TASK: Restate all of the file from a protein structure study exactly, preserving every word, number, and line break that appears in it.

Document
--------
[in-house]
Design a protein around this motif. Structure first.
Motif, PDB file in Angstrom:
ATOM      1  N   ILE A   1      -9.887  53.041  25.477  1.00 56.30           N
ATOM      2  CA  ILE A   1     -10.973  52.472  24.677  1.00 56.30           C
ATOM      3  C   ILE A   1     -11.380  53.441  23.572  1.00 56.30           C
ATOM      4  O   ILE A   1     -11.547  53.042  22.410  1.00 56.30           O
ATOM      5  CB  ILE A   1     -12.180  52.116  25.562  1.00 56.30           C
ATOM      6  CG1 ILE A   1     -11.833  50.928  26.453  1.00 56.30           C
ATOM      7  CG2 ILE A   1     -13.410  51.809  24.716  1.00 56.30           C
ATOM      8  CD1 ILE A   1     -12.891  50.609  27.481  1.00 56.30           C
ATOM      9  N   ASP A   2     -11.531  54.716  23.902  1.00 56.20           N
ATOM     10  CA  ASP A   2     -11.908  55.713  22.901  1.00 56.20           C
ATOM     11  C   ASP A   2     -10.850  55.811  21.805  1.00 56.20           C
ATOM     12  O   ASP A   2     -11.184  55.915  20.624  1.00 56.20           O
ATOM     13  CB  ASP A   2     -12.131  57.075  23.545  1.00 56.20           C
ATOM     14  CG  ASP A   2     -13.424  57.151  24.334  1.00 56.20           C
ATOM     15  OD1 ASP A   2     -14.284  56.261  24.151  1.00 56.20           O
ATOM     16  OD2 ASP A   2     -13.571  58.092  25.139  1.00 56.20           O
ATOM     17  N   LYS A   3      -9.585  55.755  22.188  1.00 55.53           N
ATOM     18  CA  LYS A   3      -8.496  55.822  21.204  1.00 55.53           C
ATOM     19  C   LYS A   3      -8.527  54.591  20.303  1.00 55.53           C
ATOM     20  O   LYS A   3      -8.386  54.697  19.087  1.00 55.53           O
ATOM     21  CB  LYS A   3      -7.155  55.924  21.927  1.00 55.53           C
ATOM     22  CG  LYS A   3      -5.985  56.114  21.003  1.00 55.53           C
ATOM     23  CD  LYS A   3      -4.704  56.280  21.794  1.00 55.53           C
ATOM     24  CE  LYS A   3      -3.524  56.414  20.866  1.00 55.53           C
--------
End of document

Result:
[in-house]
Design a protein around this motif. Structure first.
Motif, PDB file in Angstrom:
ATOM      1  N   ILE A   1      -9.887  53.041  25.477  1.00 56.30           N
ATOM      2  CA  ILE A   1     -10.973  52.472  24.677  1.00 56.30           C
ATOM      3  C   ILE A   1     -11.380  53.441  23.572  1.00 56.30           C
ATOM      4  O   ILE A   1     -11.547  53.042  22.410  1.00 56.30           O
ATOM      5  CB  ILE A   1     -12.180  52.116  25.562  1.00 56.30           C
ATOM      6  CG1 ILE A   1     -11.833  50.928  26.453  1.00 56.30           C
ATOM      7  CG2 ILE A   1     -13.410  51.809  24.716  1.00 56.30           C
ATOM      8  CD1 ILE A   1     -12.891  50.609  27.481  1.00 56.30           C
ATOM      9  N   ASP A   2     -11.531  54.716  23.902  1.00 56.20           N
ATOM     10  CA  ASP A   2     -11.908  55.713  22.901  1.00 56.20           C
ATOM     11  C   ASP A   2     -10.850  55.811  21.805  1.00 56.20           C
ATOM     12  O   ASP A   2     -11.184  55.915  20.624  1.00 56.20           O
ATOM     13  CB  ASP A   2     -12.131  57.075  23.545  1.00 56.20           C
ATOM     14  CG  ASP A   2     -13.424  57.151  24.334  1.00 56.20           C
ATOM     15  OD1 ASP A   2     -14.284  56.261  24.151  1.00 56.20           O
ATOM     16  OD2 ASP A   2     -13.571  58.092  25.139  1.00 56.20           O
ATOM     17  N   LYS A   3      -9.585  55.755  22.188  1.00 55.53           N
ATOM     18  CA  LYS A   3      -8.496  55.822  21.204  1.00 55.53           C
ATOM     19  C   LYS A   3      -8.527  54.591  20.303  1.00 55.53           C
ATOM     20  O   LYS A   3      -8.386  54.697  19.087  1.00 55.53           O
ATOM     21  CB  LYS A   3      -7.155  55.924  21.927  1.00 55.53           C
ATOM     22  CG  LYS A   3      -5.985  56.114  21.003  1.00 55.53           C
ATOM     23  CD  LYS A   3      -4.704  56.280  21.794  1.00 55.53           C
ATOM     24  CE  LYS A   3      -3.524  56.414  20.866  1.00 55.53           C